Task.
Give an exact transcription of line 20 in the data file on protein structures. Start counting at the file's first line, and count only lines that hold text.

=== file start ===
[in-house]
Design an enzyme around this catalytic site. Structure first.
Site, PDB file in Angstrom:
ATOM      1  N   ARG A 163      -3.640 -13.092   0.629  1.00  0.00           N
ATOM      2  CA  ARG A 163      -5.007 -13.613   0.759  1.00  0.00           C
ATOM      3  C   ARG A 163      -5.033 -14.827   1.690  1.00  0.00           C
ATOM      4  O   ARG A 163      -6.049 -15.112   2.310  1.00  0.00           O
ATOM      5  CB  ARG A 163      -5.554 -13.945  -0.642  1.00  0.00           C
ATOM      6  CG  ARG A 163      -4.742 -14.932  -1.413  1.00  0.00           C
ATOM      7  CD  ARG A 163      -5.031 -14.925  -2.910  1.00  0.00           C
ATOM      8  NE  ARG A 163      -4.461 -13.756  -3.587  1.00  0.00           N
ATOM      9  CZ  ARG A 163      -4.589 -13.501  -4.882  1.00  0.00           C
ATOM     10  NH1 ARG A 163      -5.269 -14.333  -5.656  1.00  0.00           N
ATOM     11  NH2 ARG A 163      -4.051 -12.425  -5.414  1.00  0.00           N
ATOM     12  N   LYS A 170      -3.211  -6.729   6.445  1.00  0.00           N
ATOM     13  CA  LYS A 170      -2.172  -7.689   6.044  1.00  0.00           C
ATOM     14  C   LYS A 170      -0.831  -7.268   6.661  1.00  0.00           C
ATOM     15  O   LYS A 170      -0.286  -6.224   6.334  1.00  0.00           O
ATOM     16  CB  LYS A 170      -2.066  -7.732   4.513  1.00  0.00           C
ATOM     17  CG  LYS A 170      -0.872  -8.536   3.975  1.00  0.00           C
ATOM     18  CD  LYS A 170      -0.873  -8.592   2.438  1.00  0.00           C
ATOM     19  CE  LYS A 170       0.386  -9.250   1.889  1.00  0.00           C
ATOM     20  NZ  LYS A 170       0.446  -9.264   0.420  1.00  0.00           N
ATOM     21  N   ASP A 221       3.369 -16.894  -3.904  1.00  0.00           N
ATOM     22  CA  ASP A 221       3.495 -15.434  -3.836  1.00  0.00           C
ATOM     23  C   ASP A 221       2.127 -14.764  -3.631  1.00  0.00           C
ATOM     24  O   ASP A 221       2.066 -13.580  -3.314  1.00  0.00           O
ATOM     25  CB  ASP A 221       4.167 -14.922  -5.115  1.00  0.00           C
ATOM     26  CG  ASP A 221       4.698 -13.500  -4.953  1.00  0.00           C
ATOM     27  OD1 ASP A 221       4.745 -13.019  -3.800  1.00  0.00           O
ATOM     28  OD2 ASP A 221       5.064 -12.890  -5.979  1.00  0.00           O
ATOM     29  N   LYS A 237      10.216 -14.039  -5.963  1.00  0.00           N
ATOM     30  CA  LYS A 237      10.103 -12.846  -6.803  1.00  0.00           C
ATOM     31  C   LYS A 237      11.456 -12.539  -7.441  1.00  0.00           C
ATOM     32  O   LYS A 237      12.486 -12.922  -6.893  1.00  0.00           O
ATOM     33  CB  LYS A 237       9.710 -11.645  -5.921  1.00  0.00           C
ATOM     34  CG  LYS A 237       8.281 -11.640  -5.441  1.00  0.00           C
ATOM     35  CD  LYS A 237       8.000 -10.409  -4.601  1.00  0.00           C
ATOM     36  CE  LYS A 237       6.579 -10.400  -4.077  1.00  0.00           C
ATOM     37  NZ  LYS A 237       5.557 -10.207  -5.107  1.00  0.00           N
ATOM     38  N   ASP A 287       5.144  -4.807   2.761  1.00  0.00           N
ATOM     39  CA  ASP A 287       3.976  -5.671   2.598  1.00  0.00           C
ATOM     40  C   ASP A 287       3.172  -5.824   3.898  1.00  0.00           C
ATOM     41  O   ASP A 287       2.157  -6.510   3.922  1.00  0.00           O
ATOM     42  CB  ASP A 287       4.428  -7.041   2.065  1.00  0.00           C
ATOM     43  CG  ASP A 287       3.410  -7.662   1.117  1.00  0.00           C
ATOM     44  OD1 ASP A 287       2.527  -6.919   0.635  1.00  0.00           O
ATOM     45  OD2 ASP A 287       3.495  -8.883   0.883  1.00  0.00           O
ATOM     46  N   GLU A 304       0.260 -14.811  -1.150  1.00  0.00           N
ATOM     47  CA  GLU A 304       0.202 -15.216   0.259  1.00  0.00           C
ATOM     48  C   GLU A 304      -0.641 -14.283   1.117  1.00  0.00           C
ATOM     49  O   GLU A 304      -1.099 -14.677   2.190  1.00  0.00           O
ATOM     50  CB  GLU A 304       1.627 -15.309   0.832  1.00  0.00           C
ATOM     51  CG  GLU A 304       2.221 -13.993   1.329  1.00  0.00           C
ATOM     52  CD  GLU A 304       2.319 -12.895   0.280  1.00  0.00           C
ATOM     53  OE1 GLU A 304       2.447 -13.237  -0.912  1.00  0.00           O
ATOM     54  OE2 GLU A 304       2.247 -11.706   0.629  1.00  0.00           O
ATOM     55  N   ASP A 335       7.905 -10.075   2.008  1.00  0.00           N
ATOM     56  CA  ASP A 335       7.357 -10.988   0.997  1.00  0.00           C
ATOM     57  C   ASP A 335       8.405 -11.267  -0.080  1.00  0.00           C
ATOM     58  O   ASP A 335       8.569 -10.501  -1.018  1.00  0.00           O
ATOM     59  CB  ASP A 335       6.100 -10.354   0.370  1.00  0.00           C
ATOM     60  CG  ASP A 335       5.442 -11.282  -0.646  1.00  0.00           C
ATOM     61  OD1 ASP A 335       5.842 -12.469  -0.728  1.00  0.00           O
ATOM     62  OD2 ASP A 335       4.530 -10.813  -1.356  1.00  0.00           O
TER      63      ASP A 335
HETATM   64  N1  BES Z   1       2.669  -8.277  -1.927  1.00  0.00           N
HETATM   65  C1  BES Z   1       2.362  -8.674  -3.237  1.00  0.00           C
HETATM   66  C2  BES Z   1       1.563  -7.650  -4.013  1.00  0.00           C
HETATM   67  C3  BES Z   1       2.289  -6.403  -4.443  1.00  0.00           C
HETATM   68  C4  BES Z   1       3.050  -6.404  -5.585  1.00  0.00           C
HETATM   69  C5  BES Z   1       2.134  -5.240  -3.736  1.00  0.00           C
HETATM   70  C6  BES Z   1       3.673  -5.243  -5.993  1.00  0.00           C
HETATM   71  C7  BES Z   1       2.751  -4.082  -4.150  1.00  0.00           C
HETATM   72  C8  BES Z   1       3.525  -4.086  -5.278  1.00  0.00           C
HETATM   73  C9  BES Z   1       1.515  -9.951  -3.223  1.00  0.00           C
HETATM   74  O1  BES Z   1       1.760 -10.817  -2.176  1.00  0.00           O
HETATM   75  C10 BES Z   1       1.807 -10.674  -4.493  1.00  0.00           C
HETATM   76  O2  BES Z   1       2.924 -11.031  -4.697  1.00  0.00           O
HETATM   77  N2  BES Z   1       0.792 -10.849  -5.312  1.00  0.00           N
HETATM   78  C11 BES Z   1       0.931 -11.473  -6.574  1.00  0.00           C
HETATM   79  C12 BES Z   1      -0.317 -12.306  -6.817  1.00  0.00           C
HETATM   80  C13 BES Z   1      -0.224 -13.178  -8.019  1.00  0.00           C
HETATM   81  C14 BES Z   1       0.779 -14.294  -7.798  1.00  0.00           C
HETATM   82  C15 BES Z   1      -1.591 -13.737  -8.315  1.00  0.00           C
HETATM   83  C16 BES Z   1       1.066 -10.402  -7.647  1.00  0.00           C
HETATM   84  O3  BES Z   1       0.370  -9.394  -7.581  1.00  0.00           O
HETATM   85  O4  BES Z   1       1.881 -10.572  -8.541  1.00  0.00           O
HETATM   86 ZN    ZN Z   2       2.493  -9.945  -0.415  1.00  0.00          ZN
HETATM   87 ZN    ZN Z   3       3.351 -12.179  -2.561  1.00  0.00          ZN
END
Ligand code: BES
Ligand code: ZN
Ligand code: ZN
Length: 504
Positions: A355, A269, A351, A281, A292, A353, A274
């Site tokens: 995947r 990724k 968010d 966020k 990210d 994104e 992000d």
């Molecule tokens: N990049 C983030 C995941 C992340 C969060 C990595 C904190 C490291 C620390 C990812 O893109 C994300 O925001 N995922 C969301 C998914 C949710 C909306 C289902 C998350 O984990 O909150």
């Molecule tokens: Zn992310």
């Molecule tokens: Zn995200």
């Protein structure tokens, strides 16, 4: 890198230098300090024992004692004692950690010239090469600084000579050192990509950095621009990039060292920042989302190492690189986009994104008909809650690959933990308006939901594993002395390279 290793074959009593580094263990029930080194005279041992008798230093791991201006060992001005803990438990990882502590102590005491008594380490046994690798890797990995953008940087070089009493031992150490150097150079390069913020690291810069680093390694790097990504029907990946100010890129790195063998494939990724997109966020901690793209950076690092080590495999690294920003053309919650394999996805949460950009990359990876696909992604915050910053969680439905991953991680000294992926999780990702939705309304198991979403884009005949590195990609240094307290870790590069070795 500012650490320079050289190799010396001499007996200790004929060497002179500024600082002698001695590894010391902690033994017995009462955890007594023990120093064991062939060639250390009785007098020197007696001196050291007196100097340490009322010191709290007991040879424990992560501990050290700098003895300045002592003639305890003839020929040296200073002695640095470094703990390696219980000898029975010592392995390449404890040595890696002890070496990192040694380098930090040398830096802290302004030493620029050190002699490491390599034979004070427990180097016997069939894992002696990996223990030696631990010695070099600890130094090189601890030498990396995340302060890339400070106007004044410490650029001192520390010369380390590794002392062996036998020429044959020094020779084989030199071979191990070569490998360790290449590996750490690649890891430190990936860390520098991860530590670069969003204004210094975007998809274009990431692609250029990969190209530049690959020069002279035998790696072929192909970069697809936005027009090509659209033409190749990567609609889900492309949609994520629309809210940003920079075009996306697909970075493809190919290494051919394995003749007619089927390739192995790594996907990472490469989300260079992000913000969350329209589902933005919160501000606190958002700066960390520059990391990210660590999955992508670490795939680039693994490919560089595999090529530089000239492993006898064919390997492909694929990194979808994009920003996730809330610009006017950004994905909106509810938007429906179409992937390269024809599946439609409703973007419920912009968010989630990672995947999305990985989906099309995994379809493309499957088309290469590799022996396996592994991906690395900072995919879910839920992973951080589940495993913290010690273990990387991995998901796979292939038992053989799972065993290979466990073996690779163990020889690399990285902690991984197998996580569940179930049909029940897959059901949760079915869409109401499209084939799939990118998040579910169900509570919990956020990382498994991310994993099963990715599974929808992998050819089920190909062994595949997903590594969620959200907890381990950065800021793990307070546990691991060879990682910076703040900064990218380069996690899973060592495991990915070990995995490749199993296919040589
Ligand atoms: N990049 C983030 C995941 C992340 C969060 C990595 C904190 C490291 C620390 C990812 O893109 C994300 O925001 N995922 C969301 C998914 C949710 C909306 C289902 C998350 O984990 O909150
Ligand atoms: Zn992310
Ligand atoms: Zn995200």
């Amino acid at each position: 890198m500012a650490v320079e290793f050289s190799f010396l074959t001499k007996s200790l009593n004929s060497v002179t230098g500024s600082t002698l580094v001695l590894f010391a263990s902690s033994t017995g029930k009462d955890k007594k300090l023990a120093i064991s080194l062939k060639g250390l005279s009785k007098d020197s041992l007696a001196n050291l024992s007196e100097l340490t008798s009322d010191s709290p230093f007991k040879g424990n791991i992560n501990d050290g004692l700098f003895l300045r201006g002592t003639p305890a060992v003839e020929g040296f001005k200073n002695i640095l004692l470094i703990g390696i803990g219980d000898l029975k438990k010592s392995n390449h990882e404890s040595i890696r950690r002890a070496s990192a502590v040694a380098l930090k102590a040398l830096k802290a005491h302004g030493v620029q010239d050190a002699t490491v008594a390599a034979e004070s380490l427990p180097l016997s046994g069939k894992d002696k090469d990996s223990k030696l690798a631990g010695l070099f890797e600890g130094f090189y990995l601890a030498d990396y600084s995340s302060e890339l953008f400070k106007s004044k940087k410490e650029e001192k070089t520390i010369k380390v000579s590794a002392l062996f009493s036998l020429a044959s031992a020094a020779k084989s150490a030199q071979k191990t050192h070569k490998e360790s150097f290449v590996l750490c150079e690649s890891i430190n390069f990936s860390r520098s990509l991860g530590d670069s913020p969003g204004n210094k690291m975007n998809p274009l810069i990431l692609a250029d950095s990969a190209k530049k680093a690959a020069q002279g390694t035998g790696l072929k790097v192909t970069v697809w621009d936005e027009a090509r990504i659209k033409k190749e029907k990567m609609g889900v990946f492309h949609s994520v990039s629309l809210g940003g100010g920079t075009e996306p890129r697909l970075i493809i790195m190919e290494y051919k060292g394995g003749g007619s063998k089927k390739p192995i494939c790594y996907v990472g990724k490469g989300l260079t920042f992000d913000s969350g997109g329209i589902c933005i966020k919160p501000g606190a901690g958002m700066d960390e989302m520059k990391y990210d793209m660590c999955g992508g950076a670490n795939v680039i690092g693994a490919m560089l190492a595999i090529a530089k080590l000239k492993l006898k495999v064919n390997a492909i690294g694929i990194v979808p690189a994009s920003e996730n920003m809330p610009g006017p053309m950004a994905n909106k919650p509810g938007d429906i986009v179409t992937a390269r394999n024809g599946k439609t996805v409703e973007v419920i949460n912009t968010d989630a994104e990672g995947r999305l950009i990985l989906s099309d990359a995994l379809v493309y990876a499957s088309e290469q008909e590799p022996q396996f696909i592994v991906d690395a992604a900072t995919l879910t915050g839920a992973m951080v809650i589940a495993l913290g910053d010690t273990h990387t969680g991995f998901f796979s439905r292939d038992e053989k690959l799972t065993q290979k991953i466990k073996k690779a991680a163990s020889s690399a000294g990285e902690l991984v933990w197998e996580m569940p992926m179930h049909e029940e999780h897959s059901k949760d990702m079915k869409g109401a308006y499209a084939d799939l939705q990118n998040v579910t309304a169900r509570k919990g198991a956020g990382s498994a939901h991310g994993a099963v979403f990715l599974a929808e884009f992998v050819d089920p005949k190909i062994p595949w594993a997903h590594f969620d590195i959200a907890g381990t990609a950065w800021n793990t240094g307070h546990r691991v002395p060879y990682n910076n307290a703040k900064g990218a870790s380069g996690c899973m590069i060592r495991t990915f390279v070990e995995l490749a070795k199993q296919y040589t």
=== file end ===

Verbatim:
ATOM     17  CG  LYS A 170      -0.872  -8.536   3.975  1.00  0.00           C